RELIGION

Arizona woman cured of blindness spreads fame of obscure Lebanese saint

Dafne Gutierrez speaking with EFE in Phoenix, Arizona.

Dafne Gutierrez speaking with EFE in Phoenix, Arizona.  (EFE)

The story of a Latina who regained her sight thanks to what is believed to be a miracle performed by St. Charbel, has awakened interest in the relics of this Lebanese saint being kept at a church in Phoenix, Arizona.

Dafne Gutierrez is convinced she was able to see again after she visited the relics at St. Joseph Maronite Catholic Church a year ago. So many people continue to visit the chapel since that it was decided to create a sanctuary in his honor.

The Lebanese pastor of the church, Fr. Wissam Akiki, told EFE that the construction of the sanctuary has already begun and will be shaped like a half-moon, with a large statue of the saint standing at the center.

Gutierrez, whose blindness was healed on Jan. 18, 2016, insists that what happened to her was truly a miracle.

"The doctors can't explain it. At first they thought I was imagining things because I so longed to see, but when they examined me no damage to the optic nerve was to be found," she said. "They were surprised, because according to their diagnosis, I was never going to see again, not even with a cornea transplant," she said.

Cristofer Pereyra, director of the Hispanic Office of the Phoenix Diocese, said that Bishop Thomas Olmsted himself spoke with the doctors and checked very carefully the woman’s case.

“The bishop went to make sure there was no scientific explanation for the miraculous recovery of Dafne's sight, Pereyra said.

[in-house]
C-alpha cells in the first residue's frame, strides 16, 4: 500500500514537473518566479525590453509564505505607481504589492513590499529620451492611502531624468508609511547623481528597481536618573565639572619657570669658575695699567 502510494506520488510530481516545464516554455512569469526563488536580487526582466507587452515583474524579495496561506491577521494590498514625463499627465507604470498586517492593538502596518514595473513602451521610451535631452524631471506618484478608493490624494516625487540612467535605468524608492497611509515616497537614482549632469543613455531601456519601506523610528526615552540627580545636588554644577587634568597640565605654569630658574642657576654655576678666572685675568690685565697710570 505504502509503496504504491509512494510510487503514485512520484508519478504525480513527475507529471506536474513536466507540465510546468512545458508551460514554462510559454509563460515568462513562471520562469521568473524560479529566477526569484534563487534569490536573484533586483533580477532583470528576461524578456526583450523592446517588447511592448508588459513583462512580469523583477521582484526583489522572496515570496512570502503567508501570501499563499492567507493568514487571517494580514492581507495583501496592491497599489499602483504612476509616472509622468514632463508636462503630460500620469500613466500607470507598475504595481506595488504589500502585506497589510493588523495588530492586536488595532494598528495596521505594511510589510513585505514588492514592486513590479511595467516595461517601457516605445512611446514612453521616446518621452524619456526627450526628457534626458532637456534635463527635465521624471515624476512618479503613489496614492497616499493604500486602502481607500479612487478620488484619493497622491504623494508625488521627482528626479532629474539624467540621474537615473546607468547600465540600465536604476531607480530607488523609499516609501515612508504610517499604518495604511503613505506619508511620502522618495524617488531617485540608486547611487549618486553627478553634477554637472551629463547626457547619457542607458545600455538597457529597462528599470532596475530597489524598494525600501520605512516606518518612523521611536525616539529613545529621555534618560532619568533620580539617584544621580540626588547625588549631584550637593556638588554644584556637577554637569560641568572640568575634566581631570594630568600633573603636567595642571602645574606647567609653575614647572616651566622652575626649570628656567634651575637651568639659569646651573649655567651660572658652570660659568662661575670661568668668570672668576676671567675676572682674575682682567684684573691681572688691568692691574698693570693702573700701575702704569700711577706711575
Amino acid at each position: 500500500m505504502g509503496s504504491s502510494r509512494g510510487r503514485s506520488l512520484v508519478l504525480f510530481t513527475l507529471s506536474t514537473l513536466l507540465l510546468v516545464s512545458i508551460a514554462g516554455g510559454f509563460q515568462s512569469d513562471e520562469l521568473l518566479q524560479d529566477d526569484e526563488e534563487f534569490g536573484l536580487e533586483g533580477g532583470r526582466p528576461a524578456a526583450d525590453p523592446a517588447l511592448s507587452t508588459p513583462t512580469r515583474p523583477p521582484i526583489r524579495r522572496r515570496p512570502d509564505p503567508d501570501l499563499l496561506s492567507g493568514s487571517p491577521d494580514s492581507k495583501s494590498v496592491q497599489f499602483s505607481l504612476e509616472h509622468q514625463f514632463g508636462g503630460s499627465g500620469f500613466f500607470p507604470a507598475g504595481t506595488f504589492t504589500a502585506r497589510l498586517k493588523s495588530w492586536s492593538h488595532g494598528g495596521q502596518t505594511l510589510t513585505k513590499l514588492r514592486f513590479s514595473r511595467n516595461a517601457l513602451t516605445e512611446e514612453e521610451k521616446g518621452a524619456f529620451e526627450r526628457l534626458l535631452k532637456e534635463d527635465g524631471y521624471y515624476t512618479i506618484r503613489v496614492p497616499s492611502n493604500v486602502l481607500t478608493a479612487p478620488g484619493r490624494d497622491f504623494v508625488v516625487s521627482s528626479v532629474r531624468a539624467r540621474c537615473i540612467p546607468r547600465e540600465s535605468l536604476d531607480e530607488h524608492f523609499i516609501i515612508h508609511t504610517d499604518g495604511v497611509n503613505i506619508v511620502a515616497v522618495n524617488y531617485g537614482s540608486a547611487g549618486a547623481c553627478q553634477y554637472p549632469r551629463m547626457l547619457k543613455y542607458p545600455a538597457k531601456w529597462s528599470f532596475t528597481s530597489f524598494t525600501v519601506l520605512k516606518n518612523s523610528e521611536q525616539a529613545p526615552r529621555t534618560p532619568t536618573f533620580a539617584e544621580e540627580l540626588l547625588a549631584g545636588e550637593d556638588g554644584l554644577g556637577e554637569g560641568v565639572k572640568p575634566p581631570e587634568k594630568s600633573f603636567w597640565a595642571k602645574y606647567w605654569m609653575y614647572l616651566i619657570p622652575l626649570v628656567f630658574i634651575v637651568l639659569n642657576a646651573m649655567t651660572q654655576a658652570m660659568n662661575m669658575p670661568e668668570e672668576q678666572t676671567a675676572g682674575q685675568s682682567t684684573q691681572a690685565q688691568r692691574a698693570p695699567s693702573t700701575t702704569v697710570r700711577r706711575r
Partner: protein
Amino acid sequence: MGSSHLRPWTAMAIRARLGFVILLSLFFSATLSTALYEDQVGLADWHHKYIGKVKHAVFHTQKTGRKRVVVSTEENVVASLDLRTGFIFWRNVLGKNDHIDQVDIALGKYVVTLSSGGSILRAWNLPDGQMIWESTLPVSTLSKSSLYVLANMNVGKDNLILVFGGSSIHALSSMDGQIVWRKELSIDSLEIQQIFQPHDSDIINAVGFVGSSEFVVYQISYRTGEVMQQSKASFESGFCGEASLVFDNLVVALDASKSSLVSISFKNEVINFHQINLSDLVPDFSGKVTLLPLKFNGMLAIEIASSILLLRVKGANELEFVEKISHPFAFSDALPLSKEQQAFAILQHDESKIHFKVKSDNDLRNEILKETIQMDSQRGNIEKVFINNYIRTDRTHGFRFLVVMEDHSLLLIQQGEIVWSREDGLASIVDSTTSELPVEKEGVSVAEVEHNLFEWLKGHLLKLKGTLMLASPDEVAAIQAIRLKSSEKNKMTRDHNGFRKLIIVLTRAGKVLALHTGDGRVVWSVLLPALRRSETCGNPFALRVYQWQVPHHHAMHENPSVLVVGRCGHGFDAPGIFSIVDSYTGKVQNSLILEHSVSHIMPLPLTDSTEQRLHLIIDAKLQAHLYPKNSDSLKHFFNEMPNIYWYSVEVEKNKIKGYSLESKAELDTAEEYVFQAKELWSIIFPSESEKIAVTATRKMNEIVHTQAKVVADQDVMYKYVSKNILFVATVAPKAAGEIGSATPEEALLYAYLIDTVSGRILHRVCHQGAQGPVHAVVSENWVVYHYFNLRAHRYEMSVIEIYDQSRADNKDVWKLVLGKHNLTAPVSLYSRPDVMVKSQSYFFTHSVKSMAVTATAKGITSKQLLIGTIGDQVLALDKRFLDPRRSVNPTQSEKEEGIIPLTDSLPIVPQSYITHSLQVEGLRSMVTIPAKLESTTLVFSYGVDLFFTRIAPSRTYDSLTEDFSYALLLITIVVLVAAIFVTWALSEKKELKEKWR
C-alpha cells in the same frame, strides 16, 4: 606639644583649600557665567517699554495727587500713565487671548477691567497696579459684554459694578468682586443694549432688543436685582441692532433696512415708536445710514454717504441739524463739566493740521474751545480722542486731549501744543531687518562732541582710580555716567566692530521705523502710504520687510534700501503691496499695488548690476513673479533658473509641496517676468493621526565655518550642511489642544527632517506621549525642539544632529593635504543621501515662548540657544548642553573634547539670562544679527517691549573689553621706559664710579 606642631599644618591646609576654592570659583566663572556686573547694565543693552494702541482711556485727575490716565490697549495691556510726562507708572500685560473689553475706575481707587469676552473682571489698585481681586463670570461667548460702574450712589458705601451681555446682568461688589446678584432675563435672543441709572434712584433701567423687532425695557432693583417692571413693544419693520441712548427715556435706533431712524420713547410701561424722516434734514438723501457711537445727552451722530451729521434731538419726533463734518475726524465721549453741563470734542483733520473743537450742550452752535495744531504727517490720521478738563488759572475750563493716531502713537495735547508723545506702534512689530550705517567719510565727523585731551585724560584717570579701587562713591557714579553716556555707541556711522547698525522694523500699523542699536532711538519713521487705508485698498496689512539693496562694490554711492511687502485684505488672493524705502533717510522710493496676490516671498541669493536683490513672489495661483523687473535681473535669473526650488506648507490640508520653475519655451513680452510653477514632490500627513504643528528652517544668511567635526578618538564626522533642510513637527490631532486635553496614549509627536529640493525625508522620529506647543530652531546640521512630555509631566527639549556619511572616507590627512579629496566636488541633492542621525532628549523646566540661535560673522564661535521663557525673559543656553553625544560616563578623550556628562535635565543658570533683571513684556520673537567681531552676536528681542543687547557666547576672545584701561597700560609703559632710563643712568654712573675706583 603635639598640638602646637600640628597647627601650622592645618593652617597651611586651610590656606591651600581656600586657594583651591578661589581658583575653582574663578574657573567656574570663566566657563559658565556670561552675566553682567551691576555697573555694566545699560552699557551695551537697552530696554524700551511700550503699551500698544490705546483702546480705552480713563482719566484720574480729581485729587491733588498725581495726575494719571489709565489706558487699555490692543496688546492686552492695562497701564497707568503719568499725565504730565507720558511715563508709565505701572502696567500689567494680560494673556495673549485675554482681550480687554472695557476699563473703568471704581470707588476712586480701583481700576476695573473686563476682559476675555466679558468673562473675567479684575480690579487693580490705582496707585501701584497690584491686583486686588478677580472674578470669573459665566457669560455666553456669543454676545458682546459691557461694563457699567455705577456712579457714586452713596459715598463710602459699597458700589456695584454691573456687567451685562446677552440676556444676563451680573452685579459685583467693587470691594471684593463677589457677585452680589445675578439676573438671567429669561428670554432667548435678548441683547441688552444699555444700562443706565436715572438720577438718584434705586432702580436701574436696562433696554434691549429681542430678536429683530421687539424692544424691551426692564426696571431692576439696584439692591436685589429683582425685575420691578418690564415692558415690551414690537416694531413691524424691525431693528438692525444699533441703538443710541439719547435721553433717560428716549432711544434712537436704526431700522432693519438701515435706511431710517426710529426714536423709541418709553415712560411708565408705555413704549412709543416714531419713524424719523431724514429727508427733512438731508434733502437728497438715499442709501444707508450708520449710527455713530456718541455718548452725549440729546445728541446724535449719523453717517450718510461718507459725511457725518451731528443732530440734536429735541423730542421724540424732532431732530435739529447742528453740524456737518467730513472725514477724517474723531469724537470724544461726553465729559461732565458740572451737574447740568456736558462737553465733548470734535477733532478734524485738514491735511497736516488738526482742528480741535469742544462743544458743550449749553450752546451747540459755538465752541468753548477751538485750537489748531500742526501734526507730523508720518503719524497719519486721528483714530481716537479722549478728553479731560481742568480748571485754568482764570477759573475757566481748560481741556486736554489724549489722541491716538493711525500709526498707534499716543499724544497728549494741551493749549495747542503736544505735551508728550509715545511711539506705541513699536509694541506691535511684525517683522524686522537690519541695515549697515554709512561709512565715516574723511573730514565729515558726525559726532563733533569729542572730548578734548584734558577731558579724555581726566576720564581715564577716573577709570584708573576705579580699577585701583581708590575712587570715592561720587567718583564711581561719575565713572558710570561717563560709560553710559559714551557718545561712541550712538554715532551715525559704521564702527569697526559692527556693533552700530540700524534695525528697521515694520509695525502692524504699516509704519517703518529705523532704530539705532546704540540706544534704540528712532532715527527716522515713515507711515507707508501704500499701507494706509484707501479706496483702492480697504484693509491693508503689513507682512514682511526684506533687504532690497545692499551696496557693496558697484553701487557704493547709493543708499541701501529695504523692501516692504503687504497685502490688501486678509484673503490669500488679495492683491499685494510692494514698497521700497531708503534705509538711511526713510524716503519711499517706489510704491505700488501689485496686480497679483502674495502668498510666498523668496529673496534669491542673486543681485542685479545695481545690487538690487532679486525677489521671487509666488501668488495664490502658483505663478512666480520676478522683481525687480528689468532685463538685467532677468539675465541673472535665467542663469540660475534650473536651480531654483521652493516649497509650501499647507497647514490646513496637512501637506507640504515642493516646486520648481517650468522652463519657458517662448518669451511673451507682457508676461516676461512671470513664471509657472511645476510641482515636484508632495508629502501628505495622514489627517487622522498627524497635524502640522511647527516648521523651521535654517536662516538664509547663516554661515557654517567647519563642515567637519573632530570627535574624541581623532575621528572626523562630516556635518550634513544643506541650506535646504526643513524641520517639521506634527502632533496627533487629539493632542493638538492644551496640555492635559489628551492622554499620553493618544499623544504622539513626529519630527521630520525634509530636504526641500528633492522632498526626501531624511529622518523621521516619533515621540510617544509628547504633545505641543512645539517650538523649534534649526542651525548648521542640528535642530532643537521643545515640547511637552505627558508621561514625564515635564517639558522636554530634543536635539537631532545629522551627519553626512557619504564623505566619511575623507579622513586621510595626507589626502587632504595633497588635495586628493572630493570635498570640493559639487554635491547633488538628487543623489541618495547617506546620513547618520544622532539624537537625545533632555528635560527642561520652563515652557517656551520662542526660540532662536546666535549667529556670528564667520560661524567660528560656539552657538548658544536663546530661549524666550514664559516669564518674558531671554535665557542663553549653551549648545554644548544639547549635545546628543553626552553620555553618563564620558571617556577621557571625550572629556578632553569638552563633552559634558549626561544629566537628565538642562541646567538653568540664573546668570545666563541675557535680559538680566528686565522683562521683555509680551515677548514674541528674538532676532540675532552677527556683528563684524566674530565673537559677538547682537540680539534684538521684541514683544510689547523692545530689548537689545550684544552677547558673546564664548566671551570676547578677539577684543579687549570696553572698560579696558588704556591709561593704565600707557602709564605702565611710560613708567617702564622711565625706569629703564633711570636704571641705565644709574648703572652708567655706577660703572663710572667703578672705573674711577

Fr. Akiki said that thousands of people now visit the saint's relics for their miraculous powers.

"Dafne came to confess to me, and I told her to pray and have faith. Then I made the sign of the cross on her forehead and her eyes. And then St. Charbel performed the miracle that would benefit her three children," the priest said.

The relics of St. Charbel, whose real name was Youssef Antoun Makhlouf, visited Phoenix between Jan. 15 and Jan. 17, 2016; they have toured various parishes around the country since October 2015.

In view of the great devotion of the faithful to this saint, it was decided to leave a fragment of his hand in Phoenix, a city with a large Lebanese community.

Gutierrez, who had lived with the Arnold Chiari malformation since age 13, went blind in both eyes several years ago.

"I remember hearing on the news about a saint who did miracles, but I'd already been to so many churches I wasn't very excited about it. It was my sister-in-law who convinced me," she said.

St. Charbel died at age 70 at a Maronite monastery in Lebanon on Christmas Eve, 1898. His body lies in a tomb and was said to remain undecomposed for the greater part of a century.

The saint, who has a long history of healing the sick and disabled, even after his death, was beatified on Dec. 5, 1965, and canonized on Oct. 9, 1977, by Pope Paul VI, making him the first Lebanese saint.